Josh Angrist, Janet Currie, Carlos Dobkin, Randall Ellis, Michael Greenstone, Rick Hornbeck, DavidLee, Doug Miller, Roberto Rigobon, Jon Skinner, Tom Stoker, and Tavneet Suri provided helpfulcomments and discussions. We also thank Jan Morgan of the California Healthcare Information ResourceCenter for helpful advice and discussions, Nicole Radmore for help with the National Hospital DischargeSurvey data, and Sammy Burfeind, whose birth inspired our empirical approach. The views expressedherein are those of the author(s) and do not necessarily reflect the views of the National Bureau ofEconomic Research.

    2008 by Douglas Almond and Joseph J. Doyle, Jr.. All rights reserved. Short sections of text, notto exceed two paragraphs, may be quoted without explicit permission provided that full credit, including notice, is given to the source.

  • After Midnight: A Regression Discontinuity Design in Length of Postpartum Hospital StaysDouglas Almond and Joseph J. Doyle, Jr.NBER Working Paper No. 13877March 2008JEL No. H51,I11,I12,J13

    ABSTRACT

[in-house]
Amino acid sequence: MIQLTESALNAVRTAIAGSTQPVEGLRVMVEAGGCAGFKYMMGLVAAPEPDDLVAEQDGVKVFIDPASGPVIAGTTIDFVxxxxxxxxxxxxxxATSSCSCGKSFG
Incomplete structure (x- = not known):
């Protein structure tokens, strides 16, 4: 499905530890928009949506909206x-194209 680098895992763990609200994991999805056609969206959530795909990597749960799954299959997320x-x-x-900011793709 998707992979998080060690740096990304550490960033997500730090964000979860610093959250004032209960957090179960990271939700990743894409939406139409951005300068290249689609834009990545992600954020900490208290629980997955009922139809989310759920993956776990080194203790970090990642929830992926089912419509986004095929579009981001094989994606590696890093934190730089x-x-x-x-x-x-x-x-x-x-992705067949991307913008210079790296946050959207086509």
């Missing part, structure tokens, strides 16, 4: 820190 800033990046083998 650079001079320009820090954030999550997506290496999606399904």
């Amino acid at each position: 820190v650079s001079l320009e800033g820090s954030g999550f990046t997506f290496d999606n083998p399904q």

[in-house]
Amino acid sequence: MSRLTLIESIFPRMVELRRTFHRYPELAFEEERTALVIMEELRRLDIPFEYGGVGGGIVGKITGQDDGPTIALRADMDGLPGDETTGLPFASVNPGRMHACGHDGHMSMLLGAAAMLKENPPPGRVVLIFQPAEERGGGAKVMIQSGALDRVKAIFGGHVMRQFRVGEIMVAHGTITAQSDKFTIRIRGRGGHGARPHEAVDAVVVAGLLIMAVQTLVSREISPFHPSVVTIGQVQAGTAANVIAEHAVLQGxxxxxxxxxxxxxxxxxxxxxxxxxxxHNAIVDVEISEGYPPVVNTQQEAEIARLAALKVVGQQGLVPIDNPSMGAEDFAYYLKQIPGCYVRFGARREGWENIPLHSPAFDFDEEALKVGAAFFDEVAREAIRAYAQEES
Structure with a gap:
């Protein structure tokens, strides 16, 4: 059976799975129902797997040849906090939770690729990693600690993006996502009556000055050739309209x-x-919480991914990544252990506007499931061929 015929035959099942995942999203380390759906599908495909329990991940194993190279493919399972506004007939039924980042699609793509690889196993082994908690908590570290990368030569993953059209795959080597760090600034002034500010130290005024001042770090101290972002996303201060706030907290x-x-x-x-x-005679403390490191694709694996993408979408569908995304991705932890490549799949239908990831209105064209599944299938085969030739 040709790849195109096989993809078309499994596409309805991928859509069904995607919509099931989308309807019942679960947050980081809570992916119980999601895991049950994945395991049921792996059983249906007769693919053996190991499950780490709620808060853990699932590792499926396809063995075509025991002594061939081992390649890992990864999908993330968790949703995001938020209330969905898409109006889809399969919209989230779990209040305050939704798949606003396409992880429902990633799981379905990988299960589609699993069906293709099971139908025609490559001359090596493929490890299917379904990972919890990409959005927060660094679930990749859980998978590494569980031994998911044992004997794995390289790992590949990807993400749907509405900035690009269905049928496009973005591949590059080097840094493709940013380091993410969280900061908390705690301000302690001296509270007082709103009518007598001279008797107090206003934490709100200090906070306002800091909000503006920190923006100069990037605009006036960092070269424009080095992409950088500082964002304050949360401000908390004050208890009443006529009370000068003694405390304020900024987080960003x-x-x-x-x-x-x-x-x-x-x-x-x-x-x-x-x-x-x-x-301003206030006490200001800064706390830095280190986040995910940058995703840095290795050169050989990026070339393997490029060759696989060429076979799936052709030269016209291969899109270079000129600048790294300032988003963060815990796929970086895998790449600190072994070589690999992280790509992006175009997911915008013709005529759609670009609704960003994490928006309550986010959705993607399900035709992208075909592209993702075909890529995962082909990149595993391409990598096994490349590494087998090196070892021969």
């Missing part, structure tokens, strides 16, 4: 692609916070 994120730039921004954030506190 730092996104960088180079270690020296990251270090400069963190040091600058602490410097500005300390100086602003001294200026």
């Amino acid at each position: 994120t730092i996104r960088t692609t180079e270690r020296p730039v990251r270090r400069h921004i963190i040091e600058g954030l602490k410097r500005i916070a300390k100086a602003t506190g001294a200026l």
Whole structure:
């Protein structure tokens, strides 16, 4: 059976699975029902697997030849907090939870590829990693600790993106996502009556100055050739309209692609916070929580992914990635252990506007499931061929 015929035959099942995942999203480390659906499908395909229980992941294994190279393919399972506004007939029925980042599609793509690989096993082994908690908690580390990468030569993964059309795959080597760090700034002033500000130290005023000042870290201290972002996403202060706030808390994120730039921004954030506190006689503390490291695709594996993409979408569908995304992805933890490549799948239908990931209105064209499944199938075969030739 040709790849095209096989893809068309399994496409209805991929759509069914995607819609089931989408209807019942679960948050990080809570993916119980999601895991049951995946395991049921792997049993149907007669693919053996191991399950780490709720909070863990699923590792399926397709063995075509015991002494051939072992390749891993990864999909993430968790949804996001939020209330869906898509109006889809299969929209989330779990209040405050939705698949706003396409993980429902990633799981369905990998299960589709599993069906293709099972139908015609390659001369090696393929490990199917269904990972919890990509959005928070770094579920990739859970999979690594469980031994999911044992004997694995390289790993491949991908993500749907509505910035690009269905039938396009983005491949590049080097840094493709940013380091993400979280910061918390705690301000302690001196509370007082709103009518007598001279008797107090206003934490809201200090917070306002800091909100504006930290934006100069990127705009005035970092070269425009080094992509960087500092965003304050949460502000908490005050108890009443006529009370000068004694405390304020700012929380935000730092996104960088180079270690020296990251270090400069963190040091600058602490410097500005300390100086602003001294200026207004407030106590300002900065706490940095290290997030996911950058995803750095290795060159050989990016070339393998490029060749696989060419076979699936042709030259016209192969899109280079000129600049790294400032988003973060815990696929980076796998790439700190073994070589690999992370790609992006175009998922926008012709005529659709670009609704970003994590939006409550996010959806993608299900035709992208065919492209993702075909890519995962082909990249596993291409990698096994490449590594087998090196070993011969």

Patients who receive more hospital treatment tend to have worse underlying health, confounding estimatesof the returns to such care. This paper compares the costs and benefits of extending the length of hospitalstay following delivery using a discontinuity in stay length for infants born close to midnight. Third-partyreimbursement rules in California entitle newborns to a minimum number of hospital "days," countedas the number of midnights in care. A newborn delivered at 12:05 a.m. will have an extra night ofreimbursable care compared to an infant born minutes earlier. We use a dataset of all California birthsfrom 1991-2002, including nearly 100,000 births within 20 minutes of midnight, and find that childrenborn just prior to midnight have significantly shorter lengths of stay than those born just after midnight,despite similar observable characteristics. Furthermore, a law change in 1997 entitled newborns toa minimum of 2 days in care. The midnight discontinuity can therefore be used to consider two distincttreatments: increasing stay length from one to two nights (prior to the law change) and from two tothree nights (following the law change). On both margins, we find no effect of stay length on readmissionsor mortality for either the infant or the mother, and the estimates are precise. The results suggest thatfor uncomplicated births, longer hospitals stays incur substantial costs without apparent health benefits.